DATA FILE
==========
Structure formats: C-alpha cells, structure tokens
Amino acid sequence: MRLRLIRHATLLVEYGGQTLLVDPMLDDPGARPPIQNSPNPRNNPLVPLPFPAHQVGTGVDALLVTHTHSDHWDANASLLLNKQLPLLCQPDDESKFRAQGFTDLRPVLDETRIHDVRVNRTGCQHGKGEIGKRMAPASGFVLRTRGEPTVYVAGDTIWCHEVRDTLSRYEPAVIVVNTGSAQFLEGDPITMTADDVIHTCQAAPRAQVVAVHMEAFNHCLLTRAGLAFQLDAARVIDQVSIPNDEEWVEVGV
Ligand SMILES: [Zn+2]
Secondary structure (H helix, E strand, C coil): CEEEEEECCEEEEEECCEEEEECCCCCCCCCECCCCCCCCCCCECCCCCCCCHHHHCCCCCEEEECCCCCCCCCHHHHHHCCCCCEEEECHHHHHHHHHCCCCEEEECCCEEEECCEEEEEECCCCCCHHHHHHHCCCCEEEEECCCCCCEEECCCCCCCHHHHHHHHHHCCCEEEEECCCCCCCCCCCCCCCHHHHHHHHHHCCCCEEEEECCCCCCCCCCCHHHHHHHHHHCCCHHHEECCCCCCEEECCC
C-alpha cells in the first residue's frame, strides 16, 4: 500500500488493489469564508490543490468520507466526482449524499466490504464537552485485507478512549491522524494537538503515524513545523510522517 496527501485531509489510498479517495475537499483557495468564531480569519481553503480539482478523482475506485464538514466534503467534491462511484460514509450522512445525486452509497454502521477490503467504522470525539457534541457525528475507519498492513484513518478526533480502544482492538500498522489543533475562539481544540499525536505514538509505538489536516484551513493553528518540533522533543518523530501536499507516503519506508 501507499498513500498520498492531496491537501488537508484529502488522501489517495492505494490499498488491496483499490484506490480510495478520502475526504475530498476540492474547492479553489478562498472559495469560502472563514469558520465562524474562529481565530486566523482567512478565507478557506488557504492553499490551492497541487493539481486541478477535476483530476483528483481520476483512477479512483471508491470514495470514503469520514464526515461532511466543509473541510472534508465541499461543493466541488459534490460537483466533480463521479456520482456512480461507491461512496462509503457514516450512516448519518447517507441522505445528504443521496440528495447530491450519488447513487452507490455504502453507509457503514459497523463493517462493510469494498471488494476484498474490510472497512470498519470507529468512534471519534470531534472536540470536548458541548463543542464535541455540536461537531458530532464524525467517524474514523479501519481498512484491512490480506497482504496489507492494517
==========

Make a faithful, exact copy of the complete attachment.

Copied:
Structure formats: C-alpha cells, structure tokens
Amino acid sequence: MRLRLIRHATLLVEYGGQTLLVDPMLDDPGARPPIQNSPNPRNNPLVPLPFPAHQVGTGVDALLVTHTHSDHWDANASLLLNKQLPLLCQPDDESKFRAQGFTDLRPVLDETRIHDVRVNRTGCQHGKGEIGKRMAPASGFVLRTRGEPTVYVAGDTIWCHEVRDTLSRYEPAVIVVNTGSAQFLEGDPITMTADDVIHTCQAAPRAQVVAVHMEAFNHCLLTRAGLAFQLDAARVIDQVSIPNDEEWVEVGV
Ligand SMILES: [Zn+2]
Secondary structure (H helix, E strand, C coil): CEEEEEECCEEEEEECCEEEEECCCCCCCCCECCCCCCCCCCCECCCCCCCCHHHHCCCCCEEEECCCCCCCCCHHHHHHCCCCCEEEECHHHHHHHHHCCCCEEEECCCEEEECCEEEEEECCCCCCHHHHHHHCCCCEEEEECCCCCCEEECCCCCCCHHHHHHHHHHCCCEEEEECCCCCCCCCCCCCCCHHHHHHHHHHCCCCEEEEECCCCCCCCCCCHHHHHHHHHHCCCHHHEECCCCCCEEECCC
C-alpha cells in the first residue's frame, strides 16, 4: 500500500488493489469564508490543490468520507466526482449524499466490504464537552485485507478512549491522524494537538503515524513545523510522517 496527501485531509489510498479517495475537499483557495468564531480569519481553503480539482478523482475506485464538514466534503467534491462511484460514509450522512445525486452509497454502521477490503467504522470525539457534541457525528475507519498492513484513518478526533480502544482492538500498522489543533475562539481544540499525536505514538509505538489536516484551513493553528518540533522533543518523530501536499507516503519506508 501507499498513500498520498492531496491537501488537508484529502488522501489517495492505494490499498488491496483499490484506490480510495478520502475526504475530498476540492474547492479553489478562498472559495469560502472563514469558520465562524474562529481565530486566523482567512478565507478557506488557504492553499490551492497541487493539481486541478477535476483530476483528483481520476483512477479512483471508491470514495470514503469520514464526515461532511466543509473541510472534508465541499461543493466541488459534490460537483466533480463521479456520482456512480461507491461512496462509503457514516450512516448519518447517507441522505445528504443521496440528495447530491450519488447513487452507490455504502453507509457503514459497523463493517462493510469494498471488494476484498474490510472497512470498519470507529468512534471519534470531534472536540470536548458541548463543542464535541455540536461537531458530532464524525467517524474514523479501519481498512484491512490480506497482504496489507492494517